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Novartis : the value pricing challenge

Novartis CEO Vas Narasimhan spoke with J.P. Morgan analyst Richard Vosser and the part on value based pricing in pharma is especially interesting.

Novartis CEO Vas Narasimhan spoke with J.P. Morgan analyst Richard Vosser and the part on value based pricing in pharma is especially interesting ;

“I think there’s good initiatives around the world, including in the US, to demonstrate the value of value based care,” Narasimhan said.    Still, it’s one thing to talk about value-based care, but another to actually implement it. Doing so will likely be a challenge, he suggested. “We’ve had a lot of learnings when we look at value-based pricing,” he said.

Putting value-based pricing in place in heart failure, for example, turned out to be incredibly complicated for Novartis. For example, methods need to be implemented to monitor how patients are doing over time, and it requires significant investment, particularly in database systems.   Last year, the Centers for Medicare and Medicaid Services quietly pulled out of an outcomes-based reimbursement arrangement for Novartis CAR-T cell therapy, Kymriah (tisagenlecleucel), in pediatric acute lymphoblastic leukemia.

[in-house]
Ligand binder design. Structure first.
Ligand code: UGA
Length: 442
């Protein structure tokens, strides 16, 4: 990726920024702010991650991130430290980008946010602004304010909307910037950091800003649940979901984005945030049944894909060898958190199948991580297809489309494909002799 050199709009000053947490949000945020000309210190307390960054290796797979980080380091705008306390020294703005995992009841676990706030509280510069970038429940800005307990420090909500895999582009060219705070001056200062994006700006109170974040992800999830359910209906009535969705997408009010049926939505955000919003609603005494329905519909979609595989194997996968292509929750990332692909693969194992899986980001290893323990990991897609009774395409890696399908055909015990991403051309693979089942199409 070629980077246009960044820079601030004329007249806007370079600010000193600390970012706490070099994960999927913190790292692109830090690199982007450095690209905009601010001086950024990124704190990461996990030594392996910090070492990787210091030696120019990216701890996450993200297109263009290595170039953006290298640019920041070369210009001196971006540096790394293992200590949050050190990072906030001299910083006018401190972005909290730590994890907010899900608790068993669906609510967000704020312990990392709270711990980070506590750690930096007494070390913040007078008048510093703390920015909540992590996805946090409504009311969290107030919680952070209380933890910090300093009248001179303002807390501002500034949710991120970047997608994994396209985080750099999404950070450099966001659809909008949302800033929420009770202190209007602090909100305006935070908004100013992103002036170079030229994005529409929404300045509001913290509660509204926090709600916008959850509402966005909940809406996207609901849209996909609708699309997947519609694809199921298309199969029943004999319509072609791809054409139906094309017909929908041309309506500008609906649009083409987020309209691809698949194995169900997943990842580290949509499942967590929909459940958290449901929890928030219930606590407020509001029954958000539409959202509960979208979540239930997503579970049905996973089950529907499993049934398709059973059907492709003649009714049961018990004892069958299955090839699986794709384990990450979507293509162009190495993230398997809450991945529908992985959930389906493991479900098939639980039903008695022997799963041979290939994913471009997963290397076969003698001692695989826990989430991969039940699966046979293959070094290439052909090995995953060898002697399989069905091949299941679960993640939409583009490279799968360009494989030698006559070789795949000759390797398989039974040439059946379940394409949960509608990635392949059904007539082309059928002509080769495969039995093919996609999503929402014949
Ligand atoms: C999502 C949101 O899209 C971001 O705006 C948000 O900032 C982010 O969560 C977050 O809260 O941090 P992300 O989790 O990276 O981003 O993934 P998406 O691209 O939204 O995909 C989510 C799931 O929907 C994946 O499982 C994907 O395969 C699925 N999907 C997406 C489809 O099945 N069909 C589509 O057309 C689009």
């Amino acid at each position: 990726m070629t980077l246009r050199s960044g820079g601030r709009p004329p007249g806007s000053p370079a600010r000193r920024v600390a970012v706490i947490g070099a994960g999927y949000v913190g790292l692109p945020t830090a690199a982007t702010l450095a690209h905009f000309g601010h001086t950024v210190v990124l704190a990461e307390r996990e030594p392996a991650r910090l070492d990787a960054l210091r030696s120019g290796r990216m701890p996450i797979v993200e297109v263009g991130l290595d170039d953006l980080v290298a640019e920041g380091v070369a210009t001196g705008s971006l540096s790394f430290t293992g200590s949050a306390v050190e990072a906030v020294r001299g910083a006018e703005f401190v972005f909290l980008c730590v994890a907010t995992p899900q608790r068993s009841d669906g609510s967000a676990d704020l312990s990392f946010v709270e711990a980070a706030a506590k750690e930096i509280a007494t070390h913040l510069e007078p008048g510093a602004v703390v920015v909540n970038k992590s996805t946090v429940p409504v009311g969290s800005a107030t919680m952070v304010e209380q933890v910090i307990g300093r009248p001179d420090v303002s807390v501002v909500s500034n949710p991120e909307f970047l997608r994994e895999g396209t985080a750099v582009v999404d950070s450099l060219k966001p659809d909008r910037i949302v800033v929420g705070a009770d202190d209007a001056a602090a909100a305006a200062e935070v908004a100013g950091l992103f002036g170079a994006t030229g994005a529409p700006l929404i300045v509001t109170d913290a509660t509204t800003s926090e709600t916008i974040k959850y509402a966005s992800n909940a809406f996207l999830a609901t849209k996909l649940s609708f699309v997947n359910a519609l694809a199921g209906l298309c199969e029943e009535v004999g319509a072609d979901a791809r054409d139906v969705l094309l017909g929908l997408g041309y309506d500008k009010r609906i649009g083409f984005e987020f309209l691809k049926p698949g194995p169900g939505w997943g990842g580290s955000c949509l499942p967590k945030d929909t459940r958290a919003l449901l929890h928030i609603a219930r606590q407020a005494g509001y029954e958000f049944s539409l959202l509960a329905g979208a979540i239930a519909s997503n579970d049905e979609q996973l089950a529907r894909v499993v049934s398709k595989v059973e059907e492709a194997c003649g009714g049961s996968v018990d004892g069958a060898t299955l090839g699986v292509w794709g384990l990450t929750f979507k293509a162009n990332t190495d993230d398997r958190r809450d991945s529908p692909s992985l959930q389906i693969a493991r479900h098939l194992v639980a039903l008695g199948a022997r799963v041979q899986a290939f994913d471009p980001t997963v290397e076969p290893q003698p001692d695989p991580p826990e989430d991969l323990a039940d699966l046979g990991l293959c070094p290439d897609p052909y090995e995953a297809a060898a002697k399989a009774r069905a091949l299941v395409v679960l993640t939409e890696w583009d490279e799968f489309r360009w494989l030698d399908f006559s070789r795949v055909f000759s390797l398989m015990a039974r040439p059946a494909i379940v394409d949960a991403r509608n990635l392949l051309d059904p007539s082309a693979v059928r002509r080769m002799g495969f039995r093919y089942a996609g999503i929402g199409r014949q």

Another important aspect of value-based care is independent organizations to assess value, Narasimhan said, in response to a question about them from Vosser that alluded to the National Institute for Health and Care Excellence, or NICE, in his native UK. “Having independent arbiters helps the story in the long run and helps explain for us as an industry why drugs are priced the way they are,” Narasimhan said.

Indeed, he said one of the biggest things he has learned in the past year was how little understanding there was among the public of the concept of value versus the upfront price of drugs, adding that the industry would need to do a better job at educating people.

Read the full interview here

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